LONDON (Reuters) - The head of the British police force accused of covering up failings that led to the death of 96 fans at the Hillsborough soccer stadium in 1989 was suspended on Wednesday as lawmakers called for prosecutions.
The suspension of Chief Constable David Crompton of South Yorkshire Police came a day after an inquest jury concluded that the Liverpool fans who died in an overcrowded, fenced-in enclosure at the ground in Sheffield had been unlawfully killed, with police accepting catastrophic mistakes had been made.
“Those responsible must be held to account for 96 unlawful deaths and a 27-year cover-up,” Andy Burnham, the opposition Labour Party home affairs spokesman who has long campaigned for “Justice for the 96”, told parliament.
The Hillsborough tragedy changed the face of English soccer with banks of terracing and metal fences around pitches replaced by modern, all-seated venues.
However, families of the victims and survivors were forced to fight for decades to overturn original conclusions that the deaths were accidental and to combat initial police claims that drunken Liverpool fans without tickets had stormed into overcrowded pens.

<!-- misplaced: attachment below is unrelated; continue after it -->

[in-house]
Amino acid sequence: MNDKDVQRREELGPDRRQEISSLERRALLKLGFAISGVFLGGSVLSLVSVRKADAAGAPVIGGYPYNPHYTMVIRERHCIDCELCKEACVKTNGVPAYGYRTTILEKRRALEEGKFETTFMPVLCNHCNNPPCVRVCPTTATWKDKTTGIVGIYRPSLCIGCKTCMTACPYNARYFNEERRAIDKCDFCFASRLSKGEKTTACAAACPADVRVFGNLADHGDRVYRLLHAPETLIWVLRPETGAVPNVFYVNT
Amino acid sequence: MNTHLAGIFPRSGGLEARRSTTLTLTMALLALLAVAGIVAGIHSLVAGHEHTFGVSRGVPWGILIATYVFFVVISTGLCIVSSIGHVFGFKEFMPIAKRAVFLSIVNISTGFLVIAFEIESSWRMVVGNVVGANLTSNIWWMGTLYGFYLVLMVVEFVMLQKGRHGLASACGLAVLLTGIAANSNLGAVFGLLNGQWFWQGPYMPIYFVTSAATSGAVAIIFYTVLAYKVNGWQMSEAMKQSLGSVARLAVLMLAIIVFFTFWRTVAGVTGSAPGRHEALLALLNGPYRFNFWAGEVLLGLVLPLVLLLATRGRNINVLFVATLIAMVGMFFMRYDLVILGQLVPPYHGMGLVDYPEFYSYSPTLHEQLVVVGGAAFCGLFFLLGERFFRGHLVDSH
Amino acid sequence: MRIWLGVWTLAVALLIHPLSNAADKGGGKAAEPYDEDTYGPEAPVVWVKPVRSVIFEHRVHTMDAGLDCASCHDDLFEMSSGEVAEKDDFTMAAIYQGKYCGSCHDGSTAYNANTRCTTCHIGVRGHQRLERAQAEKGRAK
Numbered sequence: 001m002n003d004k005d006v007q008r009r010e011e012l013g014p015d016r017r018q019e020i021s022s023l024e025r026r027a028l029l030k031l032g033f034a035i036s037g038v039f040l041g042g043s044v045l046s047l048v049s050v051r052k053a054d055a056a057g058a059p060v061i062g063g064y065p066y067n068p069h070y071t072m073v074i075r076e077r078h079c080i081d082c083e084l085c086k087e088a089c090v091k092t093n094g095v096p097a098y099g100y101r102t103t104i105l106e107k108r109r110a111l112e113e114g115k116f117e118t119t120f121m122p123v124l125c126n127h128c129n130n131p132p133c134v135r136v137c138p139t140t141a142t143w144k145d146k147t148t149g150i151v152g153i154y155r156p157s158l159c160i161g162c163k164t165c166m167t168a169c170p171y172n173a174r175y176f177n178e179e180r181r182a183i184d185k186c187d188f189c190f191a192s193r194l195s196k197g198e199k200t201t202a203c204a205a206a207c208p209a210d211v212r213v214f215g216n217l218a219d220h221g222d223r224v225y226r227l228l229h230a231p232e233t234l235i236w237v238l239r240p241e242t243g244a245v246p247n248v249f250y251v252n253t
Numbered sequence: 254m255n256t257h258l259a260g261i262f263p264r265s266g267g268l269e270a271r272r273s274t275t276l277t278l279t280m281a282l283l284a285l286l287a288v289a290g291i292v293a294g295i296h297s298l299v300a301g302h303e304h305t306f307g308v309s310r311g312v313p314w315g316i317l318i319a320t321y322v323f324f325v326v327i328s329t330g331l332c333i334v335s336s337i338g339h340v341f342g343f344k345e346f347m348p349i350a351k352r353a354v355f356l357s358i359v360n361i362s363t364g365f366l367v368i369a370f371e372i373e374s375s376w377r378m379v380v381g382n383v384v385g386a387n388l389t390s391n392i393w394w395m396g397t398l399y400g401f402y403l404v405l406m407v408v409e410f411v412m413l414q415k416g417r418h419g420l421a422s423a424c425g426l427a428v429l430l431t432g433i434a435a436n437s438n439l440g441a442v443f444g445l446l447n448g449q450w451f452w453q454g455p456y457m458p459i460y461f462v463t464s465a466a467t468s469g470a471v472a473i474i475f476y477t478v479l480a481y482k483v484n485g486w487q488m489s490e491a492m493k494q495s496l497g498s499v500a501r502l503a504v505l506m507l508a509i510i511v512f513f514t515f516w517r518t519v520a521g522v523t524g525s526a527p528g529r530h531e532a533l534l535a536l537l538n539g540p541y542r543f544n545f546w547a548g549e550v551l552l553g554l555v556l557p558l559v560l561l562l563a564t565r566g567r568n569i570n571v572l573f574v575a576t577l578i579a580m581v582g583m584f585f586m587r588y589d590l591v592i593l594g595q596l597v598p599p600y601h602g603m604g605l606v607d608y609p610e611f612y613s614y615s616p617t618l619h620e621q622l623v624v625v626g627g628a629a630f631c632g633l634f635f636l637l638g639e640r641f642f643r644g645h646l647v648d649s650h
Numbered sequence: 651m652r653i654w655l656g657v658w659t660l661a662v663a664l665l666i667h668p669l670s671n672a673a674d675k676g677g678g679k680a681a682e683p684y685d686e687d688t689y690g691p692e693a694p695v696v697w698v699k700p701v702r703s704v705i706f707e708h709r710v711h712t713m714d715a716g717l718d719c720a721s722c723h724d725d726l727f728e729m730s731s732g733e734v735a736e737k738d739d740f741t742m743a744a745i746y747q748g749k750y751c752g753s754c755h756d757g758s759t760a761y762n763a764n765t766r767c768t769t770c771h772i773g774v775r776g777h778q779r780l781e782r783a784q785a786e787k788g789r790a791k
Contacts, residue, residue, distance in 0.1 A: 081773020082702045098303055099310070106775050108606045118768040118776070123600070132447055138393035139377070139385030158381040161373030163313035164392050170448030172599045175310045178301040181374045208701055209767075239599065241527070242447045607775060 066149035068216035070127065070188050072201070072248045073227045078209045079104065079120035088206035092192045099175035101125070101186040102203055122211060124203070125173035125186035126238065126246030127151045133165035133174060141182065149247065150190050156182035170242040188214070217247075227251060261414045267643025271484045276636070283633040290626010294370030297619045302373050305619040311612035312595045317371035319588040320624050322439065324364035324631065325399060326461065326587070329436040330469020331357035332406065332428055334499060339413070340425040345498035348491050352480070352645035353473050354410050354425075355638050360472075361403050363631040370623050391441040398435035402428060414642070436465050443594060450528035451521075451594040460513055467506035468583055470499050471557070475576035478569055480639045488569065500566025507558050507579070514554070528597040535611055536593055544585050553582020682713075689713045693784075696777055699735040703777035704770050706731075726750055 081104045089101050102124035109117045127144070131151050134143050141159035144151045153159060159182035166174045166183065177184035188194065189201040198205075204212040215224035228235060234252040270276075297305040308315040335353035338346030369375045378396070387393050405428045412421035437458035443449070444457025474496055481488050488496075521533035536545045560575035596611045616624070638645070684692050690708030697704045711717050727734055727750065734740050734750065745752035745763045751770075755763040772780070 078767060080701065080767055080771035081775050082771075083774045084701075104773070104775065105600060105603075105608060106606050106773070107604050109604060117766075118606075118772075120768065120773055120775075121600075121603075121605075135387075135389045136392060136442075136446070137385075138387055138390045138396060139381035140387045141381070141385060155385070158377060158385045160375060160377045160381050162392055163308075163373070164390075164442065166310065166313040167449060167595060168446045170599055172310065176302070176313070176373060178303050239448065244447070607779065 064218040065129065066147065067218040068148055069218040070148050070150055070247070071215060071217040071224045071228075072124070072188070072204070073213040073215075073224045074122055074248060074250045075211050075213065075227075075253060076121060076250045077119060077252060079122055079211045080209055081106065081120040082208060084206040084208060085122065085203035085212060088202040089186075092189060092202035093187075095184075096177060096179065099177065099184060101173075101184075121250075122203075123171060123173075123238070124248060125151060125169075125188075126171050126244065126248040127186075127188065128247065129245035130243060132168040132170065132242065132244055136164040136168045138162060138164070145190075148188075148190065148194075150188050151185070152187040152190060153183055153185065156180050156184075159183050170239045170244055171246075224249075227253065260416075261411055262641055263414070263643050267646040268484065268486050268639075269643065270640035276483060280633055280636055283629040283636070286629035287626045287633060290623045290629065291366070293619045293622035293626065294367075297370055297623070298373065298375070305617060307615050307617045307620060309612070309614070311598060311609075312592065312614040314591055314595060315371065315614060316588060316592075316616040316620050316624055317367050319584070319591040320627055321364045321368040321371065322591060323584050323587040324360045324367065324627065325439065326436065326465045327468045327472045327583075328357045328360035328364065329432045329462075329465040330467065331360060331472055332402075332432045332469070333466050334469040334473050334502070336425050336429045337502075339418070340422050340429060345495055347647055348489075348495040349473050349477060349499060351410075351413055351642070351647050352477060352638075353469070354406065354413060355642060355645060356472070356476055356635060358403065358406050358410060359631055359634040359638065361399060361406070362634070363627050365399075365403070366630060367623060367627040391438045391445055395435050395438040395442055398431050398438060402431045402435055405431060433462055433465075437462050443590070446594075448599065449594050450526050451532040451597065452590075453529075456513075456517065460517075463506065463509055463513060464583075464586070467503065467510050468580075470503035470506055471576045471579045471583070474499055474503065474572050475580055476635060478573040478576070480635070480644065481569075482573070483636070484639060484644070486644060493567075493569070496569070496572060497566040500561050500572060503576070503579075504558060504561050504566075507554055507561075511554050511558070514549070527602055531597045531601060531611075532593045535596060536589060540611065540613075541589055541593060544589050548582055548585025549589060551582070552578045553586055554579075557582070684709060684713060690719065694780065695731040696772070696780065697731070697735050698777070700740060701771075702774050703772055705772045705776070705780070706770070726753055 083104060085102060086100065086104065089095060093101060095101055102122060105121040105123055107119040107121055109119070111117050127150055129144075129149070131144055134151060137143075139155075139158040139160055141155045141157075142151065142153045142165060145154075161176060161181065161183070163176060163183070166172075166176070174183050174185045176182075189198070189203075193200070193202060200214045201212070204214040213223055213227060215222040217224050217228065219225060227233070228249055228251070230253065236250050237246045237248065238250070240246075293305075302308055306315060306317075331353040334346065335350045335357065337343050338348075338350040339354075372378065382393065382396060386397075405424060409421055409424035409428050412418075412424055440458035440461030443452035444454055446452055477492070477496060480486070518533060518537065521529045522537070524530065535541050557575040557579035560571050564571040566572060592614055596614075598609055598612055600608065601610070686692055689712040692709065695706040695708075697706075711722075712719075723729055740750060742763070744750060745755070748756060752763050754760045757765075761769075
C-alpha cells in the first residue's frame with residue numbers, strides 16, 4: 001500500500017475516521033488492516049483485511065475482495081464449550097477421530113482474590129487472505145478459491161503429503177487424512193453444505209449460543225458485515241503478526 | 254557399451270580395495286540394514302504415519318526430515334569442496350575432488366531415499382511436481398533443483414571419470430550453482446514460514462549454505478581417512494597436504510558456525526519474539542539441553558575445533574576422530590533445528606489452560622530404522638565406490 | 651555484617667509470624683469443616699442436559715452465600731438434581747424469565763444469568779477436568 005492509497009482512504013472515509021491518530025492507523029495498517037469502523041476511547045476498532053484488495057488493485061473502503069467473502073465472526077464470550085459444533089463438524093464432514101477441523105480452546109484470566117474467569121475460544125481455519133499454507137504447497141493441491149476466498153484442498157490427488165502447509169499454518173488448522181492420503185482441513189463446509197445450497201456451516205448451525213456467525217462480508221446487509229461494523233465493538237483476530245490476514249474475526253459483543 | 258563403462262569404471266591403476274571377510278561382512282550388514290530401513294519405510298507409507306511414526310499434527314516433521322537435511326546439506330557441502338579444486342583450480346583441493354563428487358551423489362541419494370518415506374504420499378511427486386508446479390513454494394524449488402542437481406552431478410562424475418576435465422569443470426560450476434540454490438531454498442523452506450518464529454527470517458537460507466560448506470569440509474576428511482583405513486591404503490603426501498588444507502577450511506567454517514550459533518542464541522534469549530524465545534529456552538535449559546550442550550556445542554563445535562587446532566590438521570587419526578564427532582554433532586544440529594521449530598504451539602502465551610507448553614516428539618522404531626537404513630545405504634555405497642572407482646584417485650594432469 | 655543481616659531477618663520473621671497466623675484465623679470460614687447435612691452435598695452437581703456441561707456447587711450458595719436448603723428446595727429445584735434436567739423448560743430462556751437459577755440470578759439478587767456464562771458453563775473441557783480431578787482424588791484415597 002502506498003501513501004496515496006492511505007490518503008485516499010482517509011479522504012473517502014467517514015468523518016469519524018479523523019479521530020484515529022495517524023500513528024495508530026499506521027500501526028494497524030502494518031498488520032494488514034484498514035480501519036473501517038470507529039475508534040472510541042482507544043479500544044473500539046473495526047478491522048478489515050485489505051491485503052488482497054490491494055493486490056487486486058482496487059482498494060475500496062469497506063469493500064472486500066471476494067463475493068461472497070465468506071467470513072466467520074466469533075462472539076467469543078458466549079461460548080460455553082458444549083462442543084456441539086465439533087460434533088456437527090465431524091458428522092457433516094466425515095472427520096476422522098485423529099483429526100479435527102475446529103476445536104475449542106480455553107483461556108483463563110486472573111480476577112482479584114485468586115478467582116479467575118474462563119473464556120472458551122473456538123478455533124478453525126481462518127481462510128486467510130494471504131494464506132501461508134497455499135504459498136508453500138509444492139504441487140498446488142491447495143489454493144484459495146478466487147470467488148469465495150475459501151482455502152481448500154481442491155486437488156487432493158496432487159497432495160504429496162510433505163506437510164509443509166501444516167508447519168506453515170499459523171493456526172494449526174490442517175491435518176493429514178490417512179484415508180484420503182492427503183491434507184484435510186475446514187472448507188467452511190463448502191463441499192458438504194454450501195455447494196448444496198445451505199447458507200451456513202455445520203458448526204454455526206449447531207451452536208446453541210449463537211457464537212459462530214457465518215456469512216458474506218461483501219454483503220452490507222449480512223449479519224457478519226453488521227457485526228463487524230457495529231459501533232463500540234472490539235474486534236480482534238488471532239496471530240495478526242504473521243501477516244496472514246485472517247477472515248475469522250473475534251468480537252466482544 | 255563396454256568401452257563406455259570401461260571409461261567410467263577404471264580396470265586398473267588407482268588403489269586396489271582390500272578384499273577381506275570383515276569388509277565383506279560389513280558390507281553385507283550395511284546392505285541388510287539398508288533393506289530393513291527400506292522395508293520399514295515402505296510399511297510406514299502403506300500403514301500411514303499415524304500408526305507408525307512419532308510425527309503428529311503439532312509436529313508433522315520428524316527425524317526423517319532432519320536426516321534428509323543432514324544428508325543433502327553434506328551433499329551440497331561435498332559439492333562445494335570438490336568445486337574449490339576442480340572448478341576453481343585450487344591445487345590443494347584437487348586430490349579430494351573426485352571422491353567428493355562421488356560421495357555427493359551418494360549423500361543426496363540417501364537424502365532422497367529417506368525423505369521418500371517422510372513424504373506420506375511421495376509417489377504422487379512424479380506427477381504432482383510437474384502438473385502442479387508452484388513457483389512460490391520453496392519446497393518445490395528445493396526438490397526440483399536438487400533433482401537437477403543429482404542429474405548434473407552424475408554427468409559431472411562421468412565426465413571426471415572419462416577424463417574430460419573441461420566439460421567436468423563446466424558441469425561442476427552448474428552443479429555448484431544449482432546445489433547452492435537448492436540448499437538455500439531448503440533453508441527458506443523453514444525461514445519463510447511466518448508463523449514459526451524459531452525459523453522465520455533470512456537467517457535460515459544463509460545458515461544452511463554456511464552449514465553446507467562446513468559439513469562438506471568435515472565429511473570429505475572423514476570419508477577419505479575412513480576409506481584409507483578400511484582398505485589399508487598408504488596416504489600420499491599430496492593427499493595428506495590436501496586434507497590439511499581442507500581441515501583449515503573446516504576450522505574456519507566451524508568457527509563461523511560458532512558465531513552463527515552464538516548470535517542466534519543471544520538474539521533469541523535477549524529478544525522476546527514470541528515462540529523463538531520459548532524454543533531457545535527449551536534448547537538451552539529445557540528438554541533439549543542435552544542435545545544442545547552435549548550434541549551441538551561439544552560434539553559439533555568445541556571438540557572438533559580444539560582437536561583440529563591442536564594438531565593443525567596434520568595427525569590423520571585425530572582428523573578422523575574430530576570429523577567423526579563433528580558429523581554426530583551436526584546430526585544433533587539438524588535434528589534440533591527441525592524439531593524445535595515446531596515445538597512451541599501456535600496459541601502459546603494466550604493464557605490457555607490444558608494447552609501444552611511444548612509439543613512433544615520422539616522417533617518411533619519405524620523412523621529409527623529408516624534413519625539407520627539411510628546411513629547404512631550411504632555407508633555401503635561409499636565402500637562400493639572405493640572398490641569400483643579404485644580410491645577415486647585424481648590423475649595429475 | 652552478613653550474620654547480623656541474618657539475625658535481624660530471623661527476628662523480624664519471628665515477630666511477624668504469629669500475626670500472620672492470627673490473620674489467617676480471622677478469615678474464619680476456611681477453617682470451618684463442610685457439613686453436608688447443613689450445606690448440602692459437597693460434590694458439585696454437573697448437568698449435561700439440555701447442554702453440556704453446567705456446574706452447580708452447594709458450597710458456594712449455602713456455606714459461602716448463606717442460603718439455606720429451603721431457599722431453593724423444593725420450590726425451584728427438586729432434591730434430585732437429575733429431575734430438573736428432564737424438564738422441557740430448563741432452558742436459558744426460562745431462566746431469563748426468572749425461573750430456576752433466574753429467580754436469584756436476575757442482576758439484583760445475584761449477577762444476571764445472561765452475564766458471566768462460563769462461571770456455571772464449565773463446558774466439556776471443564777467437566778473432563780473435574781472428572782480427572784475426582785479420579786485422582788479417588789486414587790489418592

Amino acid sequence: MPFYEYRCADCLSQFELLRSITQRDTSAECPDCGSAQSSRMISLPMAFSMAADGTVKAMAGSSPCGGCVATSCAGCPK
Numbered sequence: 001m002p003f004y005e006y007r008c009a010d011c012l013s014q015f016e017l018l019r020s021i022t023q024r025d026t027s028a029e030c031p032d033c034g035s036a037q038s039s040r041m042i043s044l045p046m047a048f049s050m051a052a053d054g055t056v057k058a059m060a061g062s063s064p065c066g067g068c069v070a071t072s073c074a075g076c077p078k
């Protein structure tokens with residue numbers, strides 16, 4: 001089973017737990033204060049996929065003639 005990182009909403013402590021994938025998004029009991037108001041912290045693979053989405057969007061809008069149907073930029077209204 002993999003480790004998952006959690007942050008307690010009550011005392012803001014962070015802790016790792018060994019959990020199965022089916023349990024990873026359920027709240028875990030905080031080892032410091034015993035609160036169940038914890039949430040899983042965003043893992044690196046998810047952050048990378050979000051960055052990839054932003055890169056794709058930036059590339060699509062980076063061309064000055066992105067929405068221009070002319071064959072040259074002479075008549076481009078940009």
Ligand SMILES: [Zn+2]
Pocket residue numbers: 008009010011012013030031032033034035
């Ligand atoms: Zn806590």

The jury absolved supporters of any blame, and David Duckenfield, the police commander in charge at the match, admitted to the inquest he had lied about fans forcing a gate open, and acknowledged that his failure to close an access tunnel had directly caused the loss of lives.
Relatives along with Burnham and other lawmakers had said Crompton’s role as the local police chief was untenable as lawyers acting for the force had repeated the discredited claims about the fans and so perpetuated a cover-up during the two-year long inquest hearings.
Alan Billings, the elected Police and Crime Commissioner for South Yorkshire, said he had no choice but to immediately suspend Crompton, who was not involved in the events in 1989, because of the erosion of public trust and confidence in him.
“No one should have to endure what the families and survivors have been through. No one should have to fight year after year, decade after decade in search of the truth,” Home Secretary Theresa May told parliament.
“They suffered the injustice of hearing the victims, their loved ones, and fellow supporters being blamed.”
She said prosecutors were weighing up whether to bring criminal charges against those involved, with offences ranging from gross negligence manslaughter and misconduct in public office to perjury and perverting the course of justice.
Prosecutors and the independent police watchdog will conclude their investigations by the end of the year, May said, but Burnham and other lawmakers urged charging decisions to be made sooner.
Burnham, whose speech was greeted with rare applause in the House of Commons, said the lies about Liverpool fans’ behavior had persisted because there had been complicity between police, politicians and newspapers, a cover-up that went “right to the top”.
Editing by Robin Pomeroy